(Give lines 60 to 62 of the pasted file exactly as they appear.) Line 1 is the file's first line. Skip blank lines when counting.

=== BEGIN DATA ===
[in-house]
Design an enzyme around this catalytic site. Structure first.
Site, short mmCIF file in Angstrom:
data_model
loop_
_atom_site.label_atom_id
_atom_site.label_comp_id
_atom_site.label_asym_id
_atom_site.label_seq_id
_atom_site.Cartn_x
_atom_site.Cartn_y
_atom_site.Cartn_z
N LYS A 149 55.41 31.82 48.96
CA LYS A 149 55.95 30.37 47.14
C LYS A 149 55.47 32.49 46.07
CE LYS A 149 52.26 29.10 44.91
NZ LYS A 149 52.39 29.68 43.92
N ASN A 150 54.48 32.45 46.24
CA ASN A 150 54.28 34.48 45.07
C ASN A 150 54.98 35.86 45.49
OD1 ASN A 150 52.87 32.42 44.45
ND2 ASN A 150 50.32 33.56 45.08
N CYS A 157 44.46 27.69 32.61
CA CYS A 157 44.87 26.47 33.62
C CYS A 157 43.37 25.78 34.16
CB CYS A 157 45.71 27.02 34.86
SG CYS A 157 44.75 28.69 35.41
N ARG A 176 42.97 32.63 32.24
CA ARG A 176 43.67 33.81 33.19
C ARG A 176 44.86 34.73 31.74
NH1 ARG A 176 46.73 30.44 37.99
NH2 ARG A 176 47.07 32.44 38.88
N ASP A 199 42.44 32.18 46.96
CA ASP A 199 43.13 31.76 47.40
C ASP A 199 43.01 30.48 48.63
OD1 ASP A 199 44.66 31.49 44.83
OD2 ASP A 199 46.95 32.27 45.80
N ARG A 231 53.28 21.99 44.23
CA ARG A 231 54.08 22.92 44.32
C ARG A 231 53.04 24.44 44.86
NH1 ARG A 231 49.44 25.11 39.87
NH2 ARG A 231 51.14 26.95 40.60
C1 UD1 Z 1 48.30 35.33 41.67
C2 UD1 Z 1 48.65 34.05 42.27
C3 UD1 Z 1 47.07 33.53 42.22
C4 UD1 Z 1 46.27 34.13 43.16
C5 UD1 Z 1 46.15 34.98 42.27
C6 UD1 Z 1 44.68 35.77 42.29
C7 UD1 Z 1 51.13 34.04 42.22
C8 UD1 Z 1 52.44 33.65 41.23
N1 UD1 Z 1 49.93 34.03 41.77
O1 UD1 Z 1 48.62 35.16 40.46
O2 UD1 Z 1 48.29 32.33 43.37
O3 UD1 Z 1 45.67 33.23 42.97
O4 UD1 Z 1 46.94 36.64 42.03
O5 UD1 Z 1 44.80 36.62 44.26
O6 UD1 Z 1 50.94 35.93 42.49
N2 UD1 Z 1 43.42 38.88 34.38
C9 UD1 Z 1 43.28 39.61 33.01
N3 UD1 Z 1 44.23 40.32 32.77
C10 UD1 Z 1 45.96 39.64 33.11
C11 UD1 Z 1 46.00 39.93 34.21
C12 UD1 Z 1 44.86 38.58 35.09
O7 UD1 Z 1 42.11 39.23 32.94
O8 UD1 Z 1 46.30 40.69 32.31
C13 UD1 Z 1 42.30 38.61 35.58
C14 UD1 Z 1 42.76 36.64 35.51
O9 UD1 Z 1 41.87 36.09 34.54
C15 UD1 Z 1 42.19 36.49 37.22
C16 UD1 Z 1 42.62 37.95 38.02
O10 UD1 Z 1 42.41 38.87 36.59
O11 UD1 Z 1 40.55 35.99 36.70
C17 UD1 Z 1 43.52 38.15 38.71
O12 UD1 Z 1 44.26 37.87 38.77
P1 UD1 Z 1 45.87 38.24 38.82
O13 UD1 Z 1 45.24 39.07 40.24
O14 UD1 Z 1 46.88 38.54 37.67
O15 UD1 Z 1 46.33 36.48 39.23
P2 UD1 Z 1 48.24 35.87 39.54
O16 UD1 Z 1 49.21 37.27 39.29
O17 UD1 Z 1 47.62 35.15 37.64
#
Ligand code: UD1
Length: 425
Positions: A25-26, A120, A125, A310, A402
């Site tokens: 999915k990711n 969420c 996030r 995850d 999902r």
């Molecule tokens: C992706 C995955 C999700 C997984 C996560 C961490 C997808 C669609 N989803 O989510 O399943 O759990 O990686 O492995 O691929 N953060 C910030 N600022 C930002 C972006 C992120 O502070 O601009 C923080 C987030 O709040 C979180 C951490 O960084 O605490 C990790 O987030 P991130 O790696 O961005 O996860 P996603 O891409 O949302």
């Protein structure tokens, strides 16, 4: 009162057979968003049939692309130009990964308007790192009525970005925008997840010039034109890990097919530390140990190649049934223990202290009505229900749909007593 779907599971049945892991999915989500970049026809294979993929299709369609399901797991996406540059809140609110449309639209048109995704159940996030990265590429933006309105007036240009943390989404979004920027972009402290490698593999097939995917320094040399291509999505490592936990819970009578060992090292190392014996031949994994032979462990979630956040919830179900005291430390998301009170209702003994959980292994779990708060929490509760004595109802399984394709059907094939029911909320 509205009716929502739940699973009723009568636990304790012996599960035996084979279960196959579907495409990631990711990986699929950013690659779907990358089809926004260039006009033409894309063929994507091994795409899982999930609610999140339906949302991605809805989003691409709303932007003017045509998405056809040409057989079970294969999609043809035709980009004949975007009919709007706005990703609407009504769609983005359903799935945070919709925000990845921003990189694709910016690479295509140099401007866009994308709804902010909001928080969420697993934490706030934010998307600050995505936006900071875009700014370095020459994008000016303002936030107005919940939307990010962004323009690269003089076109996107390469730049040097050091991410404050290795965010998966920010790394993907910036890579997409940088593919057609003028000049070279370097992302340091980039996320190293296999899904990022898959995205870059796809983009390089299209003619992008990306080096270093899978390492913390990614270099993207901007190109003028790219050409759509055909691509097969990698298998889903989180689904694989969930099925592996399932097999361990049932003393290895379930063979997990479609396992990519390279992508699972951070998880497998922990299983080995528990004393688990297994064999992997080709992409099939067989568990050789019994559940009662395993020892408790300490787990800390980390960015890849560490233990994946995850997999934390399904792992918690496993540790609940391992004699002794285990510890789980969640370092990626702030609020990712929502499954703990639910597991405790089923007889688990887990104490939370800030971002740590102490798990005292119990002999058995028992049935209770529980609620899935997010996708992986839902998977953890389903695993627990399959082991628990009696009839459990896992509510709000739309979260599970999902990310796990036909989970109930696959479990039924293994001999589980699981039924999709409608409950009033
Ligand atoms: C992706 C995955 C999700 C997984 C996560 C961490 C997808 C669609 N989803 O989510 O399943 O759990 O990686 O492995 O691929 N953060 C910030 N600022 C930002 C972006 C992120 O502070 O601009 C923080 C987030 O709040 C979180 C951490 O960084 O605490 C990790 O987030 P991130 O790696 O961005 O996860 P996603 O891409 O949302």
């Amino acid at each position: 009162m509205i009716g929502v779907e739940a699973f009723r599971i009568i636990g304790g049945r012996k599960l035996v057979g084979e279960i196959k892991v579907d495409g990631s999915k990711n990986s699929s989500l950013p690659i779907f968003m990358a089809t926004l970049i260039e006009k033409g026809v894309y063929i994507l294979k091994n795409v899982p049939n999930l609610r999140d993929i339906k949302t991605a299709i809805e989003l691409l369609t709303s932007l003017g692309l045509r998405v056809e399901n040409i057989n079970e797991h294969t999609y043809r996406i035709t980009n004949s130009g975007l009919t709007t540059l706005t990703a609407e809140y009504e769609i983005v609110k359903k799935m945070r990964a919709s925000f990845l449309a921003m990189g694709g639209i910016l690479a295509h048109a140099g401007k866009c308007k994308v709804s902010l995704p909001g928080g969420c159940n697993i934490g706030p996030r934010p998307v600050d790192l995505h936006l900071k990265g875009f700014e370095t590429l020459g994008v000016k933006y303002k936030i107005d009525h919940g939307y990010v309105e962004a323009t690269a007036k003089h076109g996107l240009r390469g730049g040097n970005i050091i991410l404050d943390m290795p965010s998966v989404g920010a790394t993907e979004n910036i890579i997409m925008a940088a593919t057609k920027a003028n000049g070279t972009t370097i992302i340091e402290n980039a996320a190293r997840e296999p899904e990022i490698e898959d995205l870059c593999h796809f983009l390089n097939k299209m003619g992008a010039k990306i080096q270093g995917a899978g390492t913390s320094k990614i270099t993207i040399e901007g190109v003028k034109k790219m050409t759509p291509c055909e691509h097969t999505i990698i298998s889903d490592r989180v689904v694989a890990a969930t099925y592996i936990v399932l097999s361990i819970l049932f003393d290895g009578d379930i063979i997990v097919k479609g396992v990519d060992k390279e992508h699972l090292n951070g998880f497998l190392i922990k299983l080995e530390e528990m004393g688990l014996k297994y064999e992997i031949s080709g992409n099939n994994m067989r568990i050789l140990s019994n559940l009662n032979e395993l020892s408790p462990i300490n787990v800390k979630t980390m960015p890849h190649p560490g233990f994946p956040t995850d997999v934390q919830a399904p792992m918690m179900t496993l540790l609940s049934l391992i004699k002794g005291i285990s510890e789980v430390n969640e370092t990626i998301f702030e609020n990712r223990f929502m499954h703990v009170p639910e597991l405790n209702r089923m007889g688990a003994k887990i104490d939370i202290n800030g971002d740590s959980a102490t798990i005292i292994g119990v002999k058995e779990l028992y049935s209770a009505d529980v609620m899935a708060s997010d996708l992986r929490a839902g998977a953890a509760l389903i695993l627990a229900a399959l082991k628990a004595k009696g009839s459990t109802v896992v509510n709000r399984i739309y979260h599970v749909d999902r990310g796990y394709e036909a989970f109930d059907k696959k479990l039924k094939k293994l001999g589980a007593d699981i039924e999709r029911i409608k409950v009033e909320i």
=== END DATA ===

N3 UD1 Z 1 44.23 40.32 32.77
C10 UD1 Z 1 45.96 39.64 33.11
C11 UD1 Z 1 46.00 39.93 34.21